Herod was various things: a military general, a schemer, a builder on a colossal scale, a friend of Rome who easily traded alliances with one great Roman for another, a murderer of friends, family, and foe alike, a man of many wives, and a King with a vision, who was an able administrator, a man who rebuilt the temple, but who killed rabbis.  In these articles, I will detail how Herod came to rule, his interactions with Rome, his building campaign, his ambivalent observance of the Jewish religion, his four wives, his numerous children, as well as exploring his method of ruling and examining whether he committed the crimes attributed to him.

Herod’s Parents

As is typical of many important people of this time, Herod’s birthdate is in dispute with Herod having been born in either 74 or 73 BC.  His father was Antipater (in Latin Antipatros), and his mother was Cypros.  His father was an Idumaean and his mother was a Nabetean.  This parentage played an important role in his life.

Idumea was an iron-age kingdom which was situated directly south of the Dead Sea.  The word Idumea, which is Greek, is a transliteration of the word ‘Edom’ which means ‘red’.  Some have speculated that this is derived from the red color of the Seir Mountains east of the Wadi al-Araba.  Saul fought against the Edomities which were finally vanquished by King David.  At some point in time, before the Hellenistic Age, the Edomities moved to the Negev and made Hebron their capital. Of importance is the fact that Edomities were not accepted as Jews.  Thus, Herod having an Edomite father made him less than a Jew in his people’s eyes.

This sin was compounded by his mother’s lineage. The Nabeteans come from the area between Israel and Syria. Nabeteans were originally allies with the Hasmoneans dynasty (the dynasty which Herod ousted) against the Seleucids.  Later, they switched sides and became rivals of the Hasmoneans. Ultimately, they were forcibly converted to Judaism. Thus, Nabeteans were also viewed as being less than Jews.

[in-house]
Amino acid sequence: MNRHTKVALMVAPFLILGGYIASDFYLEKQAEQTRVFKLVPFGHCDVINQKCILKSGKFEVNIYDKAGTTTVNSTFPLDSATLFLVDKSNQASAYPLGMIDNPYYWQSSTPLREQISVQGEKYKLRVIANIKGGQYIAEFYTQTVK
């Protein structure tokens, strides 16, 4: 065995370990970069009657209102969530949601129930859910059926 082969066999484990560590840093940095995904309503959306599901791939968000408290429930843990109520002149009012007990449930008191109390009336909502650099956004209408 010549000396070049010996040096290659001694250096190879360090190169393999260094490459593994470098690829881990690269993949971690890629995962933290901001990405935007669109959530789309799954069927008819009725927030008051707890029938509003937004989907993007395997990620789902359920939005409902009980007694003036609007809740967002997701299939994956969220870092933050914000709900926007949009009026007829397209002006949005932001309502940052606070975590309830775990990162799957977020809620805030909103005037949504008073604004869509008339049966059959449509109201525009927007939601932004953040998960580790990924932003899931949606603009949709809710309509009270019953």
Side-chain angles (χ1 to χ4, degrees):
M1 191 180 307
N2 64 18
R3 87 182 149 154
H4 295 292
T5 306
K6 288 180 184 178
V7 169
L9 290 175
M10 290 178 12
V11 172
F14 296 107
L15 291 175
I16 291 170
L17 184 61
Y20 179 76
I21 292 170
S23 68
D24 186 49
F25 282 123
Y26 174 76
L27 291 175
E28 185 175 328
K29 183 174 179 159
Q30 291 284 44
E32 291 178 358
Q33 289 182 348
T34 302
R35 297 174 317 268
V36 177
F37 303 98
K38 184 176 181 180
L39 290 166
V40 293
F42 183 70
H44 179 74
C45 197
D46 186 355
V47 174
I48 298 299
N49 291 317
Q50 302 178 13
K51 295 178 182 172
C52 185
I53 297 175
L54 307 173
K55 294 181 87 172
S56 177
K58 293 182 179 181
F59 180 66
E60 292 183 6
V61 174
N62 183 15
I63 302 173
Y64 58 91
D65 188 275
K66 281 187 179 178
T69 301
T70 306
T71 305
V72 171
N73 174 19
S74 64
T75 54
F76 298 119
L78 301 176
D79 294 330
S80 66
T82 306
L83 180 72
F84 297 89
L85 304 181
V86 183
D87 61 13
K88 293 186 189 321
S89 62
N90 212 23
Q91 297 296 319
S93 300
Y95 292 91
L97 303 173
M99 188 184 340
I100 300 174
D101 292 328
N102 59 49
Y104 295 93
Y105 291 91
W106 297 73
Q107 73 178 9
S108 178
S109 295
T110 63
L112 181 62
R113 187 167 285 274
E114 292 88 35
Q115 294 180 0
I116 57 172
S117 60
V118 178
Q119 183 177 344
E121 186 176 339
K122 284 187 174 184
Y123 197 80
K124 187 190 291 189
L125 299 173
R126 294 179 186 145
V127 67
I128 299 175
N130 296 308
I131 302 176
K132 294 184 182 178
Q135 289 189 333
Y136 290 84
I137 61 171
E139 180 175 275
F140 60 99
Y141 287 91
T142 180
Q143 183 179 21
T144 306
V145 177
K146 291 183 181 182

After the death of Queen Salome Alexandra, the mother of Hyrcanus and his younger brother, Aristobulos, Hycranus II ruled as  ethnarch (in Greek ethnarches: meaning political leader over an ethnic group or homogeneous kingdom) and possibly asking over Israel.  Antipater was a high official and advisor under Hycranus II. Eventually the two brothers warred over who would succeed Queen Salome Alexandra.  After a series of battles between Hyrcanus II and his brother, Aristobulos, Hyrcanus II ceded the crown to his brother and accepted appointment as high priest.  Nonetheless, Antipater fed Hyrcanus’ fears that Aristobulos would assassinate Hyrcanus and got him to seek asylum among the Nabeteans. This uncertainty surrounding the Kingdom of Israel and the fact that the Nabeteans revolted caused Pompey to intervene in Judea, but Rome was relatively unsuccessful in controlling the Nabeteans.

In 49 BC, during the distribution of provinces, Pompey’s father-in-law, Metellus Scipio, was allocated the province of Syria. Pompey wanted him to equip a fleet which could be used against Caesar in the Civil War.  Metellus Scipio did his job well.  He levied many new taxes and even seized the publicani and forced them to advance the next year’s taxes.  Syria justifiably was afraid of Caesar’s wrath when he won the battle of Pharsalus on June 6, 48 BC.  Numerous Syrian dynasts and kings flocked to Caesar’s banner, including Hycranus II and the Idumaean Antipater.  Caesar appointed  Hycranus II as high priest. Caesar then appointed Antipater to rule the region, who in turn appointed his two sons, Phasael as governor of Jerusalem and Herod in Galilee.  Thus the stage is set for the career of Herod.

This article will be continued in next week’s blog.

Roman Taverns

Pompeii tavern with muralRoman Sales Counter Pompeii

Inside a Tavern at Pompeii   Note the wall mural.         A Roman Therompolium-“Fast Food Place”